Authorities found the body of a Toppenish woman less than a month after she was reported missing in early May.
Now, a September jury trial is set in U.S. District Court in Yakima for the man accused of killing her.
Jordan Everett Stevens, 29, was indicted July 17 in the death of Alillia “Lala” Minthorn, 25. The four-count indictment followed a June 28 criminal complaint charging him with one count of first-degree murder. His trial is set for Sept. 23.
Minthorn’s body was found in the hills north of Brownstown on May 29, where a witness had told investigators she was shot May 3, according to court documents. An autopsy May 30 determined Minthorn died of a gunshot wound to the head.
Witnesses told investigators Stevens killed Minthorn because she “ratted” on him and another suspect by talking to investigators about an April 30 assault they allegedly committed near a homeless camp outside Toppenish, according to court documents.
The case was investigated by the FBI and is in federal court because Stevens and Minthorn are Yakama Nation citizens and the crime occurred on the Yakama reservation.
Emily Washines, a Yakama scholar and advocate for missing and murdered indigenous women, was saddened to hear of another Native woman murdered on the 1.3-million-acre Yakama reservation. The exact number of Native women who have gone missing, have been found murdered and have died mysteriously is unknown.
“This is frustrating and sad, hearing the news just confirm another missing woman was killed,” Washines said. “She is the second Yakama MMIW confirmed within a week on our reservation. They are different unrelated cases, but both Yakama.”
The second case Washines was referring to was that of Gail Teo, 63, an elder who was slain in her White Swan home on Aug. 7. Michael Anthony Davis, 26, is charged with aggravated murder, first-degree robbery and first-degree burglary in Yakima County Superior Court. Detectives said evidence suggested that Davis previously approached Teo about getting a job.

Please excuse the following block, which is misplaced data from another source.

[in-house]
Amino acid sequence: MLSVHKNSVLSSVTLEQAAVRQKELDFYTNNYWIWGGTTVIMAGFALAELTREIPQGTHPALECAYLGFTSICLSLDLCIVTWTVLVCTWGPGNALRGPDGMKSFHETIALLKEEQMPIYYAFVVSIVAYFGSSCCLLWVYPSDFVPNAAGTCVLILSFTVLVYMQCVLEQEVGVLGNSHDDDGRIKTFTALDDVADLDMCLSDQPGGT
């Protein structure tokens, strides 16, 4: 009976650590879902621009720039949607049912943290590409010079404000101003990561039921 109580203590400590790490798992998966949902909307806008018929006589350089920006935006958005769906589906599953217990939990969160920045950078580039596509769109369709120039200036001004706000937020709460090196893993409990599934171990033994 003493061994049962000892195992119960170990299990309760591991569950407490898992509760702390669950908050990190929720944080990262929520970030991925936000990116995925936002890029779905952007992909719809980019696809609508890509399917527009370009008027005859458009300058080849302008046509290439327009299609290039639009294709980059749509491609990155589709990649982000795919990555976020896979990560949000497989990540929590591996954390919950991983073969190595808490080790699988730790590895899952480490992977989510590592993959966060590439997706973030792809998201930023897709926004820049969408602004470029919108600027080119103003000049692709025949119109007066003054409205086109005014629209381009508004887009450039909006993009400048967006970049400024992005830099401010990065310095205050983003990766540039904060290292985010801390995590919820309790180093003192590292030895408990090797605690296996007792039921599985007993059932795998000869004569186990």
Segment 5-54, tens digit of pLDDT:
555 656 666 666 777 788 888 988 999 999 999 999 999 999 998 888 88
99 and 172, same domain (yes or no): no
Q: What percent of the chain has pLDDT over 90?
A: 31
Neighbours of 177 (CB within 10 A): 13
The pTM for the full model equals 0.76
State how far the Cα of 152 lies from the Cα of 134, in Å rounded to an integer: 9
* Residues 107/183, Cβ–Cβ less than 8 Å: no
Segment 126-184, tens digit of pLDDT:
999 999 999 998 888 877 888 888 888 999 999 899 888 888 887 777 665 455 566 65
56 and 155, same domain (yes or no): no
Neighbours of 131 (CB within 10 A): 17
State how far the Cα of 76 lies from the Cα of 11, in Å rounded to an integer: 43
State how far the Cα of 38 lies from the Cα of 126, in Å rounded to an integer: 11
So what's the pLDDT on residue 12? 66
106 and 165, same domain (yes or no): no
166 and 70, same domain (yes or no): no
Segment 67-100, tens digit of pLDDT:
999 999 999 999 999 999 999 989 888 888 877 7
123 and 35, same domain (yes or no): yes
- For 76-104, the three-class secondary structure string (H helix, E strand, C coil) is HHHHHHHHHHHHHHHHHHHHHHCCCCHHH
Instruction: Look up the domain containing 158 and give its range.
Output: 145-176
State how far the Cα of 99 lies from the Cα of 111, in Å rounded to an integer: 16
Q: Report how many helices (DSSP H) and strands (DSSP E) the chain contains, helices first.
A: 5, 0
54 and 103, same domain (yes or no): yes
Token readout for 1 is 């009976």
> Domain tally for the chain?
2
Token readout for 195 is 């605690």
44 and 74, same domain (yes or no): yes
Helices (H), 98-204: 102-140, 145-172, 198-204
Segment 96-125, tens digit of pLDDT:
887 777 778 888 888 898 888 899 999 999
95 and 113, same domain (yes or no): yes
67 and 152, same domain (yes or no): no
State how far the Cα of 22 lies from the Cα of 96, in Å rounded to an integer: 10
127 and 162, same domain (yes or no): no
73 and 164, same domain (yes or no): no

In the months since Minthorn disappeared, many have shared her missing-person flyer on social media. The administrator of the Help Us Find Alillia Lala Minthorn page on Facebook posted in late July, “We will find my sister.” But news of her body being found in late May and a suspect first facing a murder charge in late June didn’t surface until early Thursday, when it appeared in online news reports.
“We are finding out three months after she’s been found and I’m not sure what type of system or protocol for notifying is being utilized,” Washines said. “Right now it’s the media notifying the public of these updates about our Native women.”
Stevens faces one count each of first-degree murder and discharging a firearm during and in relation to a crime of violence in Minthorn’s death. The indictment also includes one count each of assault with intent to commit murder and discharging a firearm during and in relation to a crime of violence in an Oct. 6 incident in which Stevens is accused of shooting a man, who survived.
Stevens and another person were suspected in an April 30 assault near a homeless camp in Toppenish known as “the compound,” court documents said. Investigators questioned Minthorn at the scene.
A family member went to the Yakama Nation Police Department and reported Minthorn missing on or about May 9, after she had been seen getting into a car near the camp. The indictment says three people — Stevens and two others — were in the car when they picked Minthorn up at the homeless camp on May 3 and drove into a closed portion of the reservation.
Stevens had a rifle or shotgun, a witness said. Upon stopping at a remote location, Stevens took Minthorn out of the car and shot her, the indictment said. Afterward, the three drove to the Brownstown tavern, parking their vehicle behind the building to clean it and remove items.
One witness was bleeding from an injury sustained in a fight with Stevens, who worried the blood may have gotten on Minthorn’s clothing; he ordered the other two to go with him back to her body so they could remove her clothing.
The area where they left Minthorn’s body was “so remote and vast” that federal investigators and tribal police officers didn’t find it the first time they tried, despite a description of the area by a witness.
On May 29, a witness led investigators to her body.
Minthorn is the third woman in the past year who had been reported missing and was later found slain on the Yakama reservation.
The body of Jedidah Moreno, 30, was discovered Nov. 28 in an area of the Yakama reservation that’s closed to non-tribal members. She had been shot. Moreno had been missing from Yakima since September.
On July 4, Rosenda Strong’s remains were found in a freezer in the 64000 block of U.S. Highway 97 outside Toppenish. She was last seen Oct. 2, 2018. Her death is being investigated as a homicide.